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Can a Credit Card Company Sue you?


In this economy failing behind on a credit card bill is become a common occurrence for many Americans. But many may wonder, what are the repercussions for defaulting on your credit card payments? Credit card companies have several options available to them to recover the debt from a credit card holder. Card holders need to first be reminded that they have a contractual relationship with a credit card company. The contract is created when the card holder signs the credit card application which creates a contract in which there is an agreement to pay back any money borrowed by using the credit card as well as any interest charges and fees. Therefore, the credit company can exercise their rights through the contractual agreement where the company has a multiplicity of options to recover any debt owed by the card holder.

Will a Credit Card Company Really Sue You?

A card company is within its rights to sue a card holder to recover all debts outstanding. A card holder should always be reminded that legal action is a last resort for any credit card company. Legal action is dependent on how many payments you have missed. There are several actions a card company takes before legal action is taken to recover the outstanding debt during the first 90 to 120 days period after non-payment of the debt. During the first 90 to 120 days the credit card company seek to recover the debt through internal collection methods.

The first 30 days a late fee is added to the outstanding amount. The amount of late that is added is dependent on the balance outstanding and the credit card company. After 30 days has elapsed the credit card company uses more aggressive methods to ensure that the balance on the credit card is paid. The company increases the Annual Percentage Rate (APR) to the default increase rate which increase to over 30 per cent. The company also will frequently contact you to inquire about outstanding debt and to ascertain your willingness to set up an automatic paying option from your bank account. The company will also freeze the available balance on the card if any as a means of stopping the card holder from incurring and additional debt on the credit card account. If there was a co-signer on the account the company will use that avenue to seek assistance to pay the balance.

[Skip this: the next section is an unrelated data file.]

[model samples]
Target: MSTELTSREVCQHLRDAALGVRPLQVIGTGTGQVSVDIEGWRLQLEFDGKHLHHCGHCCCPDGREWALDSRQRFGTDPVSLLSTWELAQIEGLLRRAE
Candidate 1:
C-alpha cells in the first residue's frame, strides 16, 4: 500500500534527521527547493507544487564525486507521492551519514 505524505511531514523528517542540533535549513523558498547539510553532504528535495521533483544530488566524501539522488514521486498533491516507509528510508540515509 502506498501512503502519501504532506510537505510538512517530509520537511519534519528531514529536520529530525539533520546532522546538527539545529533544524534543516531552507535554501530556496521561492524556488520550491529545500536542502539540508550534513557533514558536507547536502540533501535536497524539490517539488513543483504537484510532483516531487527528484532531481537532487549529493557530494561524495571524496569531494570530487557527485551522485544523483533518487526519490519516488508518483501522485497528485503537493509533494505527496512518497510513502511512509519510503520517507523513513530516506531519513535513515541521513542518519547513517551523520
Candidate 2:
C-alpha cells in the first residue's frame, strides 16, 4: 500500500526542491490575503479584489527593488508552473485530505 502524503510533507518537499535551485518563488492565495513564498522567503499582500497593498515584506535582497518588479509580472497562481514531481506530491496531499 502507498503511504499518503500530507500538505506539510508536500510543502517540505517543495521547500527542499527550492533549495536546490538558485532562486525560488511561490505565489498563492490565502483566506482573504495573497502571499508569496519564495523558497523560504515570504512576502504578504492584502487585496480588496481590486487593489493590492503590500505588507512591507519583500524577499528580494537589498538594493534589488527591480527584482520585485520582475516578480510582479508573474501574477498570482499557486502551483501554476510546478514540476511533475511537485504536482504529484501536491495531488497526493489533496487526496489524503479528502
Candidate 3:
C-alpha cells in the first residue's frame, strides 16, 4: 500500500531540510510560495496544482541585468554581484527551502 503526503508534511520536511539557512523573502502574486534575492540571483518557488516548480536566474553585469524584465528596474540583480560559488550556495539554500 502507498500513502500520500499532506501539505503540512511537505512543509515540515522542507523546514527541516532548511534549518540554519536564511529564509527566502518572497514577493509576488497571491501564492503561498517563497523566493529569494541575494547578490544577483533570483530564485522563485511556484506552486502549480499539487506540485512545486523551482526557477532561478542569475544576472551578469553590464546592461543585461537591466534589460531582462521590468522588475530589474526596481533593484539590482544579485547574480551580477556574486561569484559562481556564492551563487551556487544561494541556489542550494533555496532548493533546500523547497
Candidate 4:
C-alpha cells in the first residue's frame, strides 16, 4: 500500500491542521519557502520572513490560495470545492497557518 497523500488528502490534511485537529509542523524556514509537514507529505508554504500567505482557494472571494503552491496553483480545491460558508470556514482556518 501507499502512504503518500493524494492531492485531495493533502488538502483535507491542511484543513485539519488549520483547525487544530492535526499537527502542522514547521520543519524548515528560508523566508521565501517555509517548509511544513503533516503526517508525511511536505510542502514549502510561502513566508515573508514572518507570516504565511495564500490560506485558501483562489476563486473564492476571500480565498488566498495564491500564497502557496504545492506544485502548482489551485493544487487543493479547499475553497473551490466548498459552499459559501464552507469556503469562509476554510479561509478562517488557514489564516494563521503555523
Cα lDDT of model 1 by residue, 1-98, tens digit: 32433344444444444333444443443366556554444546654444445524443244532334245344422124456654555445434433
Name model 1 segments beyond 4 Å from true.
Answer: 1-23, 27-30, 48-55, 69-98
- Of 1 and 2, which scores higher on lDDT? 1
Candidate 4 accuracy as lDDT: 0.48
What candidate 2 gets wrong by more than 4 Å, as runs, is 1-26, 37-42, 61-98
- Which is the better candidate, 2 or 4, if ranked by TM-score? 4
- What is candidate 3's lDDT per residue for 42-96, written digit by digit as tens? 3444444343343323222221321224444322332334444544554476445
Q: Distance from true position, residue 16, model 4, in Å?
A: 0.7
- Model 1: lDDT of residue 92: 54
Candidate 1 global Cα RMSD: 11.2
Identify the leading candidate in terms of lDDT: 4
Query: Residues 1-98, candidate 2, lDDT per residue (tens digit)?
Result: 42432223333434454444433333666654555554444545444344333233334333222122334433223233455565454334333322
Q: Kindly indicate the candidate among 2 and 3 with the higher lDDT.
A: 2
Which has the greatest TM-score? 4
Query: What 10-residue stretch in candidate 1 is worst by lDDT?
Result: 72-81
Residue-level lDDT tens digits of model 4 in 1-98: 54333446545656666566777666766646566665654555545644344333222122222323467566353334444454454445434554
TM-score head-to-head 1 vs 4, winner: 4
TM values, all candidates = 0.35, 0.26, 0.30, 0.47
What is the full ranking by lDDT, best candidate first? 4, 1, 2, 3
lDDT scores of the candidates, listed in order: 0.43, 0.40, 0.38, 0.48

What Happens When You Don’t Pay Your Debt?

After 120 days of default the credit card company eventually charge-off the card and declare the outstanding amount as bad debt. The bank then sells the debt to a collections agency. The bill collector has several powers under the Federal Fair Debt Collections Act which dictates the powers of debt collectors. The debt collector can file suit for the full amount outstanding before the statute of limitations passes. The statute of limitations can be from 24 months to 15 years, depending on the particular state. There are few delinquent card holders who are actually sued for defaulting on payment but it is always a possibility. There are certain considerations a debt collector may have before the commencement of a lawsuit such as:

  • How long have you been at your job- if a debtor has been at his place of employment for a considerable period of time then wage garnishment is possible and the chances of the debtor leaving such a secure place of employment is very unlikely. Therefore, that debtor would be a good candidate for a lawsuit.
  • How long a debtor has lived at a particular address- if a debtor has lived at a particular address for a long period of time then he/she would be a good candidate for a law suit as there is less risk of him fleeing to avoid paying the debt.

If litigation process ensues between a card holder and a bill collection agency it is a very high probability that judgement will be awarded in the favour of the collection agency. If judgment is awarded in the favor of the collector then there can be an order to garnish wages, levy bank accounts or take other actions to recover the debt depending on a state’s law regarding the enforcement of judgements. It is important to remember that many times a delinquent account holder can always seek to settle the bill whether by making a full payment or lump sum payment.

A credit card holder should always be reminded that most delinquents do not end up in court, therefore, even though it is a possibility it is a last resort. Credit card companies always try other methods before seeking the assistance of the court such as late fees, high interest rates and communicating with the debtor.